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  • Ted Ladd and Jay Williams

The History of Beltsville (3 of 4)

A 1973 photo of the White House Tavern on US 1 in Beltsville, aka Brown’s Tavern, built in 1834.

The Taverns of Beltsville

The main route between Baltimore and Washington starting about 1730 was the Post Road, later to become Route 1. In the early days, the 40-mile route was crude, meandered through farmland and forests, but made stagecoach travel possible. The trip between the two cities could take over one day to complete, and this set of circumstances opened the door for a few entrepreneurs to open taverns where travelers could dine and stay overnight.

The first tavern established in Beltsville was Rhodes Tavern, which opened in about 1730 in an area not far from the present location of IKEA. Rhodes Tavern operated until about 1833. President George Washington dined there on 18 December, 1798, on his last trip between the capital, then located in Philadelphia, and Mt. Vernon. This is noted on the historical marker near the site on Route 1 and is also cited in historical records as one of the President’s diary entries for that date, “dined at Rhodes.”

The next tavern to open in the area was the Van Horne Tavern, built by Gabriel Peterson Van Horne in 1783 atop what became known as Van Horne Hill. You may reach this site by taking Edmonston Road northward from the intersection with Powder Mill Road, turning right on Old Baltimore Pike, and taking it to the top of the hill. There you will find an historical marker designating the former location of the Van Horne Tavern. Van Horne built the tavern when he was about 41. Van Horne became well established and built a business of stagecoach lines and taverns from Virginia to Philadelphia and points north. He also operated a post office at the tavern. He communicated by letter with President Washington on several occasions. In one of these letters, he offered a plan to expedite delivery of mail between Philadelphia and Richmond.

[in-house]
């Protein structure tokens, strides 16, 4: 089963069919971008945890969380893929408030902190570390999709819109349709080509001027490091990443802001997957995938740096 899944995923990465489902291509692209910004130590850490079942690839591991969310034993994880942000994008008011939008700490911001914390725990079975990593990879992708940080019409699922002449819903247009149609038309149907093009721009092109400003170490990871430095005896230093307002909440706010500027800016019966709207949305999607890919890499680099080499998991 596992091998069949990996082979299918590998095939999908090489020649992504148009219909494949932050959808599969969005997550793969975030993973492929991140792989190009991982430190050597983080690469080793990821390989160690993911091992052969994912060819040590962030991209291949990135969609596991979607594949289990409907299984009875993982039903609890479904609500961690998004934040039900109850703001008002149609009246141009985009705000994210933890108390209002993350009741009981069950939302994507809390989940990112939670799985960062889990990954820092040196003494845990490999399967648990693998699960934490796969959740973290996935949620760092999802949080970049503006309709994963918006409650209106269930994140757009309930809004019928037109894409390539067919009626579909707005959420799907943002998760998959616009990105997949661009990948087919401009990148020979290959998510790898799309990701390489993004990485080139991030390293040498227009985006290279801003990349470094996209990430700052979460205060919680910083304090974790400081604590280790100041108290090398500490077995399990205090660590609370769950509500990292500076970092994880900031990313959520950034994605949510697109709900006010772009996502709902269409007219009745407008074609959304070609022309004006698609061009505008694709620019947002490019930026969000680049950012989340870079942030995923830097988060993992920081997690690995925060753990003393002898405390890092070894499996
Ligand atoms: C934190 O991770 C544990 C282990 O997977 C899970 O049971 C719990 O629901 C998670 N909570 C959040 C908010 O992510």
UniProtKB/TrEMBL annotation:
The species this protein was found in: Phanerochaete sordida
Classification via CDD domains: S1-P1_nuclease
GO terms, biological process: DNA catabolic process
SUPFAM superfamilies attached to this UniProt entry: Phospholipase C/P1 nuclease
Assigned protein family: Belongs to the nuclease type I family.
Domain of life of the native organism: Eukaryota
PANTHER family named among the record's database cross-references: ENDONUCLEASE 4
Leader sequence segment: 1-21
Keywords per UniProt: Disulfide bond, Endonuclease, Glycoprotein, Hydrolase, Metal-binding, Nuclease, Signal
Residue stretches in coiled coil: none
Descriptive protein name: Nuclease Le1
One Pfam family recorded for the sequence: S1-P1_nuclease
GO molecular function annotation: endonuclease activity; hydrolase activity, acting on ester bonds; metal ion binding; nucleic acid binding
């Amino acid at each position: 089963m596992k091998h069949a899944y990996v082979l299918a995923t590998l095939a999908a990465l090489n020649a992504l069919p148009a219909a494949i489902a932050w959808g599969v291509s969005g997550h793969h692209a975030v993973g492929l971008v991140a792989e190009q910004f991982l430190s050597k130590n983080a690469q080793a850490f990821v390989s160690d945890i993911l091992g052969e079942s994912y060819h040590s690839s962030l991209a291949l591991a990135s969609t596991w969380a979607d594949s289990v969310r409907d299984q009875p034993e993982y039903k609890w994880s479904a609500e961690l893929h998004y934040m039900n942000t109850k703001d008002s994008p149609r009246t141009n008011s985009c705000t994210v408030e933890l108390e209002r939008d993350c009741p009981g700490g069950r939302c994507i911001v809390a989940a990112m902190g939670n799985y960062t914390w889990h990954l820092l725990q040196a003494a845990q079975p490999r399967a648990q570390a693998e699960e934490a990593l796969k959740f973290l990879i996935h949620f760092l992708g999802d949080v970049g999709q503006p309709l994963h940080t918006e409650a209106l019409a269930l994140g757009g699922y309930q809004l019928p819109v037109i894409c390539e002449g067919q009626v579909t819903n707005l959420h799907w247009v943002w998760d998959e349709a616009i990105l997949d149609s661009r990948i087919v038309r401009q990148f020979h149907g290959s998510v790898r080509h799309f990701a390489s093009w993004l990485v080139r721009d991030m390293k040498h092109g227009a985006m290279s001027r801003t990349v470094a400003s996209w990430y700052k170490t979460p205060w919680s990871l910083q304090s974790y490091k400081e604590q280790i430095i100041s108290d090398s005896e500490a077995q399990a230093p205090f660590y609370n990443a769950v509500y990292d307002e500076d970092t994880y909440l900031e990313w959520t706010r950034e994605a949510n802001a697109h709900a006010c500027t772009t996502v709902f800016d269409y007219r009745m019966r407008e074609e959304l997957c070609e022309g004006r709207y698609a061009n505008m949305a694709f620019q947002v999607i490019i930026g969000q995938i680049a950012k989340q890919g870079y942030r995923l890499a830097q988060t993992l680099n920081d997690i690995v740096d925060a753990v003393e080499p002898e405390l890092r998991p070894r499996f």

Washington was inaugurated in New York City on 30 April, 1789. He traveled from Mt. Vernon to New York City in his personal coach. In May, 1789, plans were made for first lady Martha Washington to travel to New York City, then the U.S. capital, and Van Horne was contacted to make the arrangements. Van Horne noted that the roads on the journey to Philadelphia were poor, so he would drive the stagecoach himself. The trip to New York City took 11 days. The first lady was accompanied by her grandson, 8-year-old George Washington Parke Custis, 10-year-old granddaughter Nellie Custis, and Bob Lewis, son of the President’s sister Betty. They traveled through Beltsville on 18 May, 1789, and stayed that night at the home of Major Thomas Snowden, Montpelier Mansion. The party arrived in New York on 27 May.

On 31 May, the President sent a personal letter to Van Horne expressing the first lady’s gratitude for

Historical marker at the top of Van Horne Hill, Old Baltimore Pike, in Vansville

“the polite attention you were so good to pay her personally through the most dangerous and difficult part of the journey.”

In 1799, the Maryland legislature authorized commissioners to formally lay out the boundaries of a town to be known as Vansville, which would be a tract of land set aside by Van Horne for this purpose.

President Washington stayed at the Van Horne Tavern on three occasions in 1795. Van Horne passed away in 1815 at the age of 73.

In 1834, the third tavern was constructed near the site of Rhode’s Tavern, which had recently been destroyed by fire. This tavern was built for John Brown, a stagecoach driver and former worker at Rhodes Tavern. At the time, he was 35. This was known as the White House Tavern and also as Brown’s Tavern. It had 24 rooms.

The tavern was adjacent to some 1700 acres of farmland and meadows. Among the usual travelers who stopped at the tavern were drovers accompanied by as many as 500 head of cattle, which would stay in the meadows while the drovers spent the night. Civil War skirmishes occasionally erupted at or near the tavern, sometimes led on the Confederate side by Major George Emack, who lived across the street from St. John’s Episcopal Church, at the time the site of a Union artillery position.

Brown operated the tavern until his death in 1862. It was open for business for another 10 years. In 1940, it was converted to a motel and was destroyed in November, 2001, to make room for new construction.

Brown and family members are buried in a family plot on the grounds of the National Agricultural Library. To view the plot, take Rhode Island Avenue toward the rear entrance to the library. There is an unimproved driveway just west of that entrance that leads to the family plot surrounded by a wrought iron fence.

To view the memorial to Brown’s Tavern and the earlier Rhodes Tavern, go to the intersection of Route 1 and Milestone Way. Parking is available nearby. There you will find historical markers among the artifacts of Brown’s Tavern, plus the original milestone, erected in 1813, indicating the mileage to Washington from that point is 15 miles; to Baltimore, 25 miles.

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